Right. That’s great to know.
Yeah. And I was also think­ing about that song that goes: “born free, free as the riv­er” [‘Born Free’ by Matt Mon­ro], so it was a bit influ­enced by that. But, yeah, it’s about being free. It’s crazy how many [firsts are still to come for] women. I mean, it was­n’t that long ago when women couldn’t vote and women were get­ting paid a lot less than men. Now I think it’s a bit bet­ter, but these things are quite recent. I think we’re mov­ing in the right direc­tion with things. I feel pret­ty uncon­strained as a woman, I think. But I know a lot of women around the world don’t feel that.

“I think it’s very easy for us to just switch the chan­nel, or not think about it, and not think about the deci­sions that our lead­ers are mak­ing and how they are actu­al­ly ruin­ing oth­er people’s lives.” – Hol­ly Chant

Total­ly. How about your song ‘Tomb’? Do you have any­thing to say about that? To us, this is the oth­er side to your music, haunt­ing and chill­ing songs. It kind of felt to us like it was almost like an ode to youth dying or maybe the brief­ness of life?
Yeah. Well, it’s sort of about war, I guess. I was think­ing about the Mid­dle East, sort of imag­in­ing what it’d be like for a per­son liv­ing in some war torn coun­try, or before the war hap­pened. And then the song goes through as they lose peo­ple and get angry, and stuff like that. So, the Mid­dle East, but also the oth­er half of the island where my mum’s from, West Papua, which is still expe­ri­enc­ing genocide.

But, yeah, the song is sort of about war but it is about that youth­ful­ness as well. The begin­ning is like when [the char­ac­ter in the song is] young and care­free. The cho­rus is sort of sup­posed to be like a lul­la­by that par­ents sing to their child. And it’s about life car­ry­ing on despite the destruc­tion. But then, the vers­es are sort of about the destruc­tion of war, or even just some­thing bad that hap­pens, you know? Yeah. And some parts are like a funer­al march, and then the cho­rus is more like a lul­la­by. I guess that was what was behind it. I think I’ve always been quite angry at the way that coun­tries, like Eng­land and Amer­i­ca, just go off and bomb oth­er coun­tries and stuff like that. Yeah, that song was sort of about the human cost of war.

Mmm. You’re mak­ing impor­tant com­ments. As we’ve seen this year, some peo­ple in the world lack empa­thy, which is very sad.
Yeah, it real­ly is. Espe­cial­ly now. I mean, when you think of World War II: where the war came to people’s doorsteps, peo­ple could see it, and it was there. And they knew the grave­ness of it. And then the wars we have now are so far away. I think it’s very easy for us to just switch the chan­nel, or not think about it, and not think about the deci­sions that our lead­ers are mak­ing and how they are actu­al­ly ruin­ing oth­er people’s lives. And then mak­ing them angry so that [lat­er] new con­flicts arise and, you know, we take out gov­ern­ments, and then, worse ones come in! Yeah, I just think it’s a bit crazy. So, I guess that song was about that. And even though it’s not overt, it’s sub­tly about that.

Tell us a bit about the song ‘Swee­t­ooth’. That’s one we’ve been play­ing over and over and over. You played that at your con­cert at The Jago, too. The record­ed ver­sion is real­ly some­thing spe­cial.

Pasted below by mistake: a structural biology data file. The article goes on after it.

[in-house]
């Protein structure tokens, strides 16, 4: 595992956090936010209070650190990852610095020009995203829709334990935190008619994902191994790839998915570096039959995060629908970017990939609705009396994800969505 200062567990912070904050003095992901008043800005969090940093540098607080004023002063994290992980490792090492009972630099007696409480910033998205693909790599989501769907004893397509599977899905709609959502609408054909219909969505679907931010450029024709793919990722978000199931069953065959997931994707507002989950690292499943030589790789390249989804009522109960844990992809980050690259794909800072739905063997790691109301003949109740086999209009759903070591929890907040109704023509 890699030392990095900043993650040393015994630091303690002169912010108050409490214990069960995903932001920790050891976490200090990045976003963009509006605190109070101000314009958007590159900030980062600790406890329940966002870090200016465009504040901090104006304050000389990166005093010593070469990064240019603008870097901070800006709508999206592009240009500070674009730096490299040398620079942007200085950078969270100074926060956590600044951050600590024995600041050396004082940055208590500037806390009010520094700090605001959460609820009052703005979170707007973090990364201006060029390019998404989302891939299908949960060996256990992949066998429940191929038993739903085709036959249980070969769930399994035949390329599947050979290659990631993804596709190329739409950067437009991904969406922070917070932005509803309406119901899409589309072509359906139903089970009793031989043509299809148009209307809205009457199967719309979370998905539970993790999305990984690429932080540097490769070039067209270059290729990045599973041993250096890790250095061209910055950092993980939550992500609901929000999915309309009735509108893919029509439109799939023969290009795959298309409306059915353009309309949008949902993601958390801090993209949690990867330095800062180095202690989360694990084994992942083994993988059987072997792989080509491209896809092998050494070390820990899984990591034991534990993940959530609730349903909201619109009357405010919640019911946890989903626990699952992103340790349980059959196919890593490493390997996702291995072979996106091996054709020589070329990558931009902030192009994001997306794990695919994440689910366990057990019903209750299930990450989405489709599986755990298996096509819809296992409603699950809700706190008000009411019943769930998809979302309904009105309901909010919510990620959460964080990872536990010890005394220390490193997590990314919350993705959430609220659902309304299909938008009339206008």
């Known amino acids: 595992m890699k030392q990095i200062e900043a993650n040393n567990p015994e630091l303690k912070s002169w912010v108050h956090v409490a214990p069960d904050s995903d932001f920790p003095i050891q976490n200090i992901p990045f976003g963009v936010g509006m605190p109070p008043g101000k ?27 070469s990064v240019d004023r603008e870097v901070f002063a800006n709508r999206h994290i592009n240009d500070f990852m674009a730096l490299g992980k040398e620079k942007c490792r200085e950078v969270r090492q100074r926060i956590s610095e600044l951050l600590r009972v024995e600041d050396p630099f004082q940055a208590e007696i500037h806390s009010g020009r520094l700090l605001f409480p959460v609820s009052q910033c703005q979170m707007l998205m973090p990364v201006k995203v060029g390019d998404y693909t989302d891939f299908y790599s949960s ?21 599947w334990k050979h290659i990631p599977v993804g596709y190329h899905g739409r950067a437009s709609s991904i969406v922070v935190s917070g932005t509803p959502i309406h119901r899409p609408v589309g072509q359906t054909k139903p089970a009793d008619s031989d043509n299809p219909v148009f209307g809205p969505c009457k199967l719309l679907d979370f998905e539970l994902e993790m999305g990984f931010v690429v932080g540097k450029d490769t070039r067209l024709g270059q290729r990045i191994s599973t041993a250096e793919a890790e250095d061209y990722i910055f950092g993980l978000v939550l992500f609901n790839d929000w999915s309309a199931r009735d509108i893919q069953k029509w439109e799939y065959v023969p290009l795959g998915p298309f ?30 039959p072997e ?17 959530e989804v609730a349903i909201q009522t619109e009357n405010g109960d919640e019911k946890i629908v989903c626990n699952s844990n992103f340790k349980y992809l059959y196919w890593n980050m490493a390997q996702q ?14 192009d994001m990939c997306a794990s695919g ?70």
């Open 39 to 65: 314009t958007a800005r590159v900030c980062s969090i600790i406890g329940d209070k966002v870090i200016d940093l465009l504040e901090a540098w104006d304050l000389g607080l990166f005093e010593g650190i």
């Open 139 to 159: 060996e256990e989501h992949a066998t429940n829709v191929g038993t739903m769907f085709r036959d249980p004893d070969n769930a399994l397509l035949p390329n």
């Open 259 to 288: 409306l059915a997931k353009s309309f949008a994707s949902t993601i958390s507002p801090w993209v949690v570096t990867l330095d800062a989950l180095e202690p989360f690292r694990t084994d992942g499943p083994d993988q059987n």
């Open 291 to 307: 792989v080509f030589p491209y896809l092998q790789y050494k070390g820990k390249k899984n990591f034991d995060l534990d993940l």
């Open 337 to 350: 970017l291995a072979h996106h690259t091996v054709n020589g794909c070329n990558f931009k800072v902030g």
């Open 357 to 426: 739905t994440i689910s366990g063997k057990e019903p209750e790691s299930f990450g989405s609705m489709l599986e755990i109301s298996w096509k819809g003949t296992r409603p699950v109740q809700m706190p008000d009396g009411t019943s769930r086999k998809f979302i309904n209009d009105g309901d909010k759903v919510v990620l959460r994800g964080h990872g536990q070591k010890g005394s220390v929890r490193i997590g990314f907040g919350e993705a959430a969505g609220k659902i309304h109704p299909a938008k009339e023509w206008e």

Yes, ‘Swee­t­ooth’ is just a bit of fun. That was the name of our [debut] album. [When I start­ed,] I was just play­ing around with our key­board and then sang the first bit. It’s sort of about lik­ing things that you shouldn’t like.

On our first album, [the title] “Swee­t­ooth” was was about much dark­er and deep­er things. But this one’s like a light-heart­ed dis­per­sion. It’s sort of like tox­ic love, but in a fun way, you know? It’s kind of like: you haven’t real­ly learned your les­son with a bad rela­tion­ship or some­thing like that. But, yeah, that one’s most­ly just a bit of fun, really.

And it is fun to play as well. I want­ed it to be sort of like an old rhythm and blues sort of song. And the guys just went with that and did a quite clas­sic rhythm gui­tar and bass [arrange­ment]. But I like it. I love the bass.

What are you hop­ing lis­ten­ers take away from your Wild Woman EP?
Mmm. I mean, most­ly, I just want them to lis­ten to it and enjoy it. And it depends. I mean, the sounds are quite dif­fer­ent. It’s a bit of a mish­mash of dif­fer­ent songs. There’s not a par­tic­u­lar theme. But I’d like them to lis­ten to the lyrics and enjoy the eclec­tic nature of the EP.

Cool. Final­ly, what’s next for you two?
It’s kind of up in the air. I think it’s weird, because my sis­ter is plan­ning to move [aboard] at some point. So I’m not sure. I mean, we were gonna keep mak­ing music, because I have been doing a lot of remote stuff with our gui­tarist. I think we have to see exact­ly what’s going to happen.

I mean, the Psalms one [‘Psalms 23’] I did actu­al­ly by myself. What I was hop­ing to do is be a lit­tle bit more flex­i­ble and quick­er with releas­ing stuff, and get my sis­ter involved when she can be involved, get dif­fer­ent musi­cians involved, and just do some­thing a lit­tle bit more free and exper­i­men­tal. For a lit­tle bit, I guess, just to sort of have a stretch. And just try out a few things and stuff like that. Because we’re not with the label any­more. So, it’s nice, we can just do what­ev­er we want. And, yeah, I don’t want to be tied down with think­ing: “I have to do it this way, or get this out at this time”. I just want to do it how­ev­er I feel like, and how­ev­er my sis­ter feels like.

Wild Woman by Xyla­roo is avail­able to stream now. Since releas­ing their EP, Xyla­roo has released the sin­gles ‘Iso­la­tion’ and ‘Wild of Desire’.

Images: Hai­ley Atkinson